In the past eight years, the City received over 7,000 complaints about odours emanating from the drainage system. Odour hotspots have been reported in numerous neighbourhoods throughout Edmonton, including Steinhauer (one identified odour hotspot). Back in 2013, while doorknocking in the area 34 Avenue and 106 Street, residents of Steinhauer expressed concerns of putrid sewer odors. And following the campaign, my team continued to receive complaints from area residents. As a result, my office worked with drainage operations to extensively investigate the root cause and determine a long-term solution.
At Friday’s Utility Committee, Council heard from administration on the City’s wide-spread odour issue. The Drainage Odour Control report specifies there are a variety of causes for the unpleasant odours. This includes the long distance sewage must travel through pipes in older parts of the city and low levels of wastewater flow. An odour control strategy, set to be completed by December, will set priorities in neighbourhoods across Edmonton. Pilot projects could be launched as early as 2019 after a year of concept development.
Over the past two years, efforts have been made in Steinhauer to seal manholes and use chemical treatments to flush the sewer system. However, based on continuing reports from area residents, these efforts were unsuccessful. The City’s next steps for the neighbourhoods of Ermineskin and Steinhauer, include the following:
1. Making changes to two drop shafts at 111 Street/29 Avenue and 106 Street/34 Avenue - Construction is planned for 2019-2020.
2. Treating odorous compounds at some strategic locations, including pump stations at Blue Quill, Twin Brooks and Blackburne - Implementation will begin in 2019.
3. Upgrading and modifying the operating mechanism of the Duggan Pump Station located at 105 Street/45 Avenue - Construction will begin in 2020.
4. If possible, installing one or two vent stacks at 111 Street and 34 Avenue to reduce the trunk sewer air pressure - Construction is planned for 2020.
In addition to this work and as part of the City of Edmonton’s continued investment in flood mitigation and preparedness. The City is committed to continuing its work to determine the most effective solution to permanently address the odour issue, which includes:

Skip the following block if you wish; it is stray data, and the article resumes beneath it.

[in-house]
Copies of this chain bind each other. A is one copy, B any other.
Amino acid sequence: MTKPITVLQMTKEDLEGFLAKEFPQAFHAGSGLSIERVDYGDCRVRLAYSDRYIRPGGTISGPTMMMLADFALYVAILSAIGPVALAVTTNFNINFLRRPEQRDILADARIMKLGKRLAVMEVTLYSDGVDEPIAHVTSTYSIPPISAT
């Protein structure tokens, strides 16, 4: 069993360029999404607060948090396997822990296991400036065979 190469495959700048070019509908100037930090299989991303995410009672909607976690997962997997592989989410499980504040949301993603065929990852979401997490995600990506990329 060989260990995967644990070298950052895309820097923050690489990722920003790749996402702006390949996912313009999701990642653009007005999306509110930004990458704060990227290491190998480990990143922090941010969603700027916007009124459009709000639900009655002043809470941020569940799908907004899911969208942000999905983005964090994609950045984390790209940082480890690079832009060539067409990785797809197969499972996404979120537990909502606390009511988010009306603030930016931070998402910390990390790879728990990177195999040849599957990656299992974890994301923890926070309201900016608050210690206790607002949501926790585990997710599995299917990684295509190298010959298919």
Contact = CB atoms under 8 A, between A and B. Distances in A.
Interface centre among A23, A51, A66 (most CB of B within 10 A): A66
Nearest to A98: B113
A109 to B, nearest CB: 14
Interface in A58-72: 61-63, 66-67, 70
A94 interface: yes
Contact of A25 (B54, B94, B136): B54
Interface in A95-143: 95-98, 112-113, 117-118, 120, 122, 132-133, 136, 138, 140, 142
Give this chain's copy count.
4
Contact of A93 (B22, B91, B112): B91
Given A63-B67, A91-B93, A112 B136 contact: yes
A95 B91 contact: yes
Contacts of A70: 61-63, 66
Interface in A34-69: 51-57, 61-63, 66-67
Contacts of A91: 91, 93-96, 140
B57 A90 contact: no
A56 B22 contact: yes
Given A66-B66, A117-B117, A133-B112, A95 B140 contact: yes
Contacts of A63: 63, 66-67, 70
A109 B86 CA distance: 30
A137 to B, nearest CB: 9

- Extensive field data (gas pressures and hydrogen sulphide concentrations) is being collected in the sewer trunks from Bonnie Doon all the way to the Blue Quill/Twin Brooks areas to better understand how the sewer gases are formed and also how they escape into the communities.
- Inspection and cleaning of selected deep trunks in and leading to the area to remove sediment and organic materials built-up over the years are being investigated. This approach is expected to reduce the formation of the odour compounds. This project will start all the way from the 111Street/29A Avenue intersection and toward the east to the Bonnie Doon area. We are currently looking at the logistics to get a contractor (who has the right equipment to access these deep trunks) on board. The execution of this plan will start in 2017.
- Laboratory testing at the University of Alberta to fully understand the effectiveness of some of the preliminary engineering solutions that have been identified (as outlined above).
Improved Public Warning Systems:
In August 2016, following two storms that left portions of the Whitemud underwater, Council requested administration to report back on how as a City, we could better warn drivers of dangerous flooding on freeways. At Friday’s Utility Committee, administration presented Council with a report on Drainage Design Capacity and Improved Public Warning Systems. The report highlights the importance on educating residents about the risks of using underpasses during heavy rain and outlines new signage and technology that could enhance public safety.
Prior to the 2017 rain season, administration will implement a pilot early-warning system for the two Whitemud Drive underpasses at 106 and 111 Streets. Those sites are two of the five underpasses across the city equipped with sensors that sound an alarm if water begins to rise in underground storage tanks. The sensors are used to turn on pumps to push out water more quickly when water levels in the storage tanks begin to rise. In addition, Administration will also undertake a separate project to evaluate all underpass locations on the inner ring road.